Counseling is working with a client who feels uncomfortable or dissatisfied with their life. They are seeking guidance and advice. A counselor works remedially on a client’s problem.


    Therapy is working with the client who seeks relief from psychological or physical symptoms. The client wants emotional healing and relief from mental pain. Therapy deals with the client’s mental health. Coaching deals with the client’s mental growth. The client’s motive for entering therapy or counseling is usually to get away from pain or discomfort, rather than moving toward desired goals. Coaching is not remedial, it is generative. Both therapy and counseling are more likely to involve understanding and working with past experience than coaching.


    Training is the process of getting knowledge skills or abilities by study, experience or teaching. The trainer by definition is the expert, and the training course is likely to be targeted on specific skills for immediate results. Training is also likely to be one to many rather than one to one.


    A consultant provides expertise and solves business problems, or develops a business as a whole. A consultant deals with the overall organization or specific parts of it and not individuals within it. Consultants only indirectly affect individuals.


    Teaching passes knowledge from teacher to student. The teacher knows something the student does not. The opposite is true in coaching. The client is the expert and the client has the answers, not the coach.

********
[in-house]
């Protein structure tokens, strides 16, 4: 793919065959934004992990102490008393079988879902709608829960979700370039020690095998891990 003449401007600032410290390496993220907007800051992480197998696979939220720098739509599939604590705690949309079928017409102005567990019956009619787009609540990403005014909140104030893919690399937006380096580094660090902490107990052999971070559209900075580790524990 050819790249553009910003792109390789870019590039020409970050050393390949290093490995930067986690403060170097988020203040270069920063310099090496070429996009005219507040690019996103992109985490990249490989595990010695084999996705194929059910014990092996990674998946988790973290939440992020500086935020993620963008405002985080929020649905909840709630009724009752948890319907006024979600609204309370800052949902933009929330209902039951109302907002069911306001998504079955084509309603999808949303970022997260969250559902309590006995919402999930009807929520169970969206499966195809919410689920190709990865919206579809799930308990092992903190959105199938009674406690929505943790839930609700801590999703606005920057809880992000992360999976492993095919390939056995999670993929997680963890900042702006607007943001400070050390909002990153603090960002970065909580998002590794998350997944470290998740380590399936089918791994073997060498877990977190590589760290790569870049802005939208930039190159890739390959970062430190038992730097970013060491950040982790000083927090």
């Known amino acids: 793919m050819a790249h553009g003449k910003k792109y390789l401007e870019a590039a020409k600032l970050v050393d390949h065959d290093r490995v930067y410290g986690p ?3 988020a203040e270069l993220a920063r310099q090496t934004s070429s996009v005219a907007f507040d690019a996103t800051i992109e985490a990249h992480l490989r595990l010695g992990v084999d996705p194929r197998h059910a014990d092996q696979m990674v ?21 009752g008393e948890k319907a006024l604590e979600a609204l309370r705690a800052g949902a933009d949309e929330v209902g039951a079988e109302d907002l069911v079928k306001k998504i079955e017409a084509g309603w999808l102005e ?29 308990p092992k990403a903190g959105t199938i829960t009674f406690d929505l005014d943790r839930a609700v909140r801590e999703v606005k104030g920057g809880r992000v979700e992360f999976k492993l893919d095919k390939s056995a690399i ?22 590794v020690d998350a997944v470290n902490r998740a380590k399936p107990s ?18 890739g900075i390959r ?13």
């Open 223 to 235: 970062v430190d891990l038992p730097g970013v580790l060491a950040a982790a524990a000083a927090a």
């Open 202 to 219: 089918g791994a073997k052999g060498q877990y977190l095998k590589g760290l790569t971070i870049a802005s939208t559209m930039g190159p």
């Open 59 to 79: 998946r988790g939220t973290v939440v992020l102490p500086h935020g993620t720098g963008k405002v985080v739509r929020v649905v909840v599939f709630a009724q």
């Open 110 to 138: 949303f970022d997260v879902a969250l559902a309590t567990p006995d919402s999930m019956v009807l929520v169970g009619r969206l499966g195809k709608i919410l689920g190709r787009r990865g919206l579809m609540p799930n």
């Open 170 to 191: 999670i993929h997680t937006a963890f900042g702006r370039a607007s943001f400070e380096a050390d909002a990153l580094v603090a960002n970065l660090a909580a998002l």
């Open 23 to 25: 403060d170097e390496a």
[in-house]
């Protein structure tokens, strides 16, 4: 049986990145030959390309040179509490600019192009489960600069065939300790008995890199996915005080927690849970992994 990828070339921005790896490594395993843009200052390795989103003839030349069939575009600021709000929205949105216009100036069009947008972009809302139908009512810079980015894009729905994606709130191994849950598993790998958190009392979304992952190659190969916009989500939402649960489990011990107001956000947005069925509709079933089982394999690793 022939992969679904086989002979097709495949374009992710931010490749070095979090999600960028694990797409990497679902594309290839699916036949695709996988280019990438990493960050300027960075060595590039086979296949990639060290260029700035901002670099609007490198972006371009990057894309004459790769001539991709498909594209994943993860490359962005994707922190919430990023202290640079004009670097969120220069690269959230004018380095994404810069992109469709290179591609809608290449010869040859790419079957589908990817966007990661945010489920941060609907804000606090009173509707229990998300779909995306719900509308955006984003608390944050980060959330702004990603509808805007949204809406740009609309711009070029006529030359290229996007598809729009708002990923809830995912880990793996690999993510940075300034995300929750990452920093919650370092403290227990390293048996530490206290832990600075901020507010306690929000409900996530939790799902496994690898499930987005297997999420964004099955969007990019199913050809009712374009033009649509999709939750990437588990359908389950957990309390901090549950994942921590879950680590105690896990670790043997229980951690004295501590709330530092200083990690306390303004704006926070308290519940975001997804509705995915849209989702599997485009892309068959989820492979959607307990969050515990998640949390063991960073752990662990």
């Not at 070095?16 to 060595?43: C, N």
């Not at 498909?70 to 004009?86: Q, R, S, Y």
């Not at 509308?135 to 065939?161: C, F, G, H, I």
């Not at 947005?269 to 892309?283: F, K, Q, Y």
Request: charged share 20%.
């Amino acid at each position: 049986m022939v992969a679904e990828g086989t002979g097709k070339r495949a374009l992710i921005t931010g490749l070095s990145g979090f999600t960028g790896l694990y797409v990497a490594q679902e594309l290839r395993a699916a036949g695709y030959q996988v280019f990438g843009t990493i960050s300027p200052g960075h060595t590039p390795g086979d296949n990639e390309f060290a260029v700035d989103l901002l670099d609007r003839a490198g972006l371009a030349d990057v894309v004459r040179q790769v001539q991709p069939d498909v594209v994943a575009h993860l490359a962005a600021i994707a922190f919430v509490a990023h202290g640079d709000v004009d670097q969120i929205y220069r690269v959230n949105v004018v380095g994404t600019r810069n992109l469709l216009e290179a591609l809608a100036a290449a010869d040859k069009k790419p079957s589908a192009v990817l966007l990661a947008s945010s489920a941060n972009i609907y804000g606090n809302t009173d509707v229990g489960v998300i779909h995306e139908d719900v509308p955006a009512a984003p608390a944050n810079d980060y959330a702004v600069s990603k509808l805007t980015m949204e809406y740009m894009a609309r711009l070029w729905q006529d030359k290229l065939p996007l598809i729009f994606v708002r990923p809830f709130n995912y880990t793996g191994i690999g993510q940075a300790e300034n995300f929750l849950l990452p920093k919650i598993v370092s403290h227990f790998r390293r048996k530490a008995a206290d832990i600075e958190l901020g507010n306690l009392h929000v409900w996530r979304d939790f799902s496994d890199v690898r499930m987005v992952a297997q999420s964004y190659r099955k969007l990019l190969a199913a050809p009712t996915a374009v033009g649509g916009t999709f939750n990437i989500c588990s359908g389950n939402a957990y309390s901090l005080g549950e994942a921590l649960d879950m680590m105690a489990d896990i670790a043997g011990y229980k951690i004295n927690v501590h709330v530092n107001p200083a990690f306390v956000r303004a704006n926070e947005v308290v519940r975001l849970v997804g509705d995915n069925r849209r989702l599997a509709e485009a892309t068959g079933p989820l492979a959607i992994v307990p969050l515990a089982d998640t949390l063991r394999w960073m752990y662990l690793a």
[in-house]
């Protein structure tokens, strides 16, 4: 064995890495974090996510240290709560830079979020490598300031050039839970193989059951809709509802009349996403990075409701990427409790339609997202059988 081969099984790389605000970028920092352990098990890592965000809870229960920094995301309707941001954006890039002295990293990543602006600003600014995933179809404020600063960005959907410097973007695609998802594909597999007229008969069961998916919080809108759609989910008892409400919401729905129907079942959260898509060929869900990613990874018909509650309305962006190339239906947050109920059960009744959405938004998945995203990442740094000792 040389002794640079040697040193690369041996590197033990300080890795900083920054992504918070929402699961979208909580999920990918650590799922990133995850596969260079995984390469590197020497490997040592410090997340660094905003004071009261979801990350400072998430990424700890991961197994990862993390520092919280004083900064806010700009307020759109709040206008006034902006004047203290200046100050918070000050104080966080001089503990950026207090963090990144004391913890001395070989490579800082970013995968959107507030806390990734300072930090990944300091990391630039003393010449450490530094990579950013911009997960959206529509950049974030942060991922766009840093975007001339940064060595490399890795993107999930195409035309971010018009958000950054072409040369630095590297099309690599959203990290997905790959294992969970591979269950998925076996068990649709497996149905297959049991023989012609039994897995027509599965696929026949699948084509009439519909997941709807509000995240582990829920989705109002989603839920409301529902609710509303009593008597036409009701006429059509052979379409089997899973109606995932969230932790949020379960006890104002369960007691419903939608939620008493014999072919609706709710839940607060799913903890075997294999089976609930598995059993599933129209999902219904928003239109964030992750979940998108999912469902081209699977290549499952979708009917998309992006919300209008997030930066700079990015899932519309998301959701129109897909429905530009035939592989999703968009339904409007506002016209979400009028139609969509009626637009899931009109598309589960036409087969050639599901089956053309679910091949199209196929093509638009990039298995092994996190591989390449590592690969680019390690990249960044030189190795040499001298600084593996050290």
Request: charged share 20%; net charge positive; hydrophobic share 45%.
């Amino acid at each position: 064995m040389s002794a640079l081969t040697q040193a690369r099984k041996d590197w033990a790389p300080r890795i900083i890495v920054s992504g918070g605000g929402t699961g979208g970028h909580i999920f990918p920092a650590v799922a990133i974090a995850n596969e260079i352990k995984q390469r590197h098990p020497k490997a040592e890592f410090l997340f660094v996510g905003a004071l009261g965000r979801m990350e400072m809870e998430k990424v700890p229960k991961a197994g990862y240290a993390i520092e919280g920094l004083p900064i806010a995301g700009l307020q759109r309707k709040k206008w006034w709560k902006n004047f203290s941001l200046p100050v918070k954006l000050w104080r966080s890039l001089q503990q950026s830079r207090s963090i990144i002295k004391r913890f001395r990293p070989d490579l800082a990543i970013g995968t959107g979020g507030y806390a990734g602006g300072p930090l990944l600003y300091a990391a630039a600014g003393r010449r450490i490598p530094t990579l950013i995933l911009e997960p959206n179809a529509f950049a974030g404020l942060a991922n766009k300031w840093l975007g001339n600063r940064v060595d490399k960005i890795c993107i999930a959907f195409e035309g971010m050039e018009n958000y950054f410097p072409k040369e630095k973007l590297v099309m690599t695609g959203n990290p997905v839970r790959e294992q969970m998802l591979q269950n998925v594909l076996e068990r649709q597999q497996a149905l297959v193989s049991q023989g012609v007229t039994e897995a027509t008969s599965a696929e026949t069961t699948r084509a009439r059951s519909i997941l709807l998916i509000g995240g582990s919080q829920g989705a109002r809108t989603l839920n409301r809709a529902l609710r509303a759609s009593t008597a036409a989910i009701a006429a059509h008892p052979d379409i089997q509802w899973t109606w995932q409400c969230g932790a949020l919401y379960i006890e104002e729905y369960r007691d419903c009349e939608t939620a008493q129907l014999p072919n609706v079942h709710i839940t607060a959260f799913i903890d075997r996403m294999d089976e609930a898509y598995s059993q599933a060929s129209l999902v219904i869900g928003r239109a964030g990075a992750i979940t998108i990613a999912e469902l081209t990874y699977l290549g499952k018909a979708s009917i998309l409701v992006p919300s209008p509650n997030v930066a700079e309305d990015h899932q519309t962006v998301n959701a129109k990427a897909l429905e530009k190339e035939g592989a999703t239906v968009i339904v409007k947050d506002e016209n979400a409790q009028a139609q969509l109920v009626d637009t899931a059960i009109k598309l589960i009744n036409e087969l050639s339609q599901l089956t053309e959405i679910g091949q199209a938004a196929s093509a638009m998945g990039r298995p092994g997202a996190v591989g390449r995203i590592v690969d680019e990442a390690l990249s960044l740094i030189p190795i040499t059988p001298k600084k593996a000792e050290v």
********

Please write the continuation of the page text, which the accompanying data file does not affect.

• What does coaching look like? What might take place in a typical productive session?

    Coaching follows a variety of patterns. Some coaching is face-to-face. Other coaching is by phone, video conference, or email. Many coaching relationships are a balance of both. Whatever the format, successful coaching calls for extended conversation (typically for 30 to 60 minutes), usually at least twice a month and often weekly.

    Our sessions are comprised of interviews, behavioral style assessments, 360-degree evaluations with key stakeholders, coaching sessions, and (in some cases) on-site observations. During your coaching sessions, you will work on developing action plans and sustainability plans. For more detailed information on the coaching process, please contact us.

    Should you want more intensive coaching, two and three hour sessions can be arranged. We can also provide half-day or full-day ” shadowings” in which we are with you as an observer in all your interactions. This allows us to make job-specific recommendations on ways to improve your communication, management, and work habits.

  • How long does a coaching relationship last?

    There is no set answer to that question, since coaching is tailor-made to each person’s needs. Many people retain a coach for a short duration (perhaps 6 to twelve months) to work on a specific, limited challenge. Most of our coaching engagements are six to twelve months long. Some clients, however, partner for years, perhaps to work through a variety of issues or to complete a protracted initiative.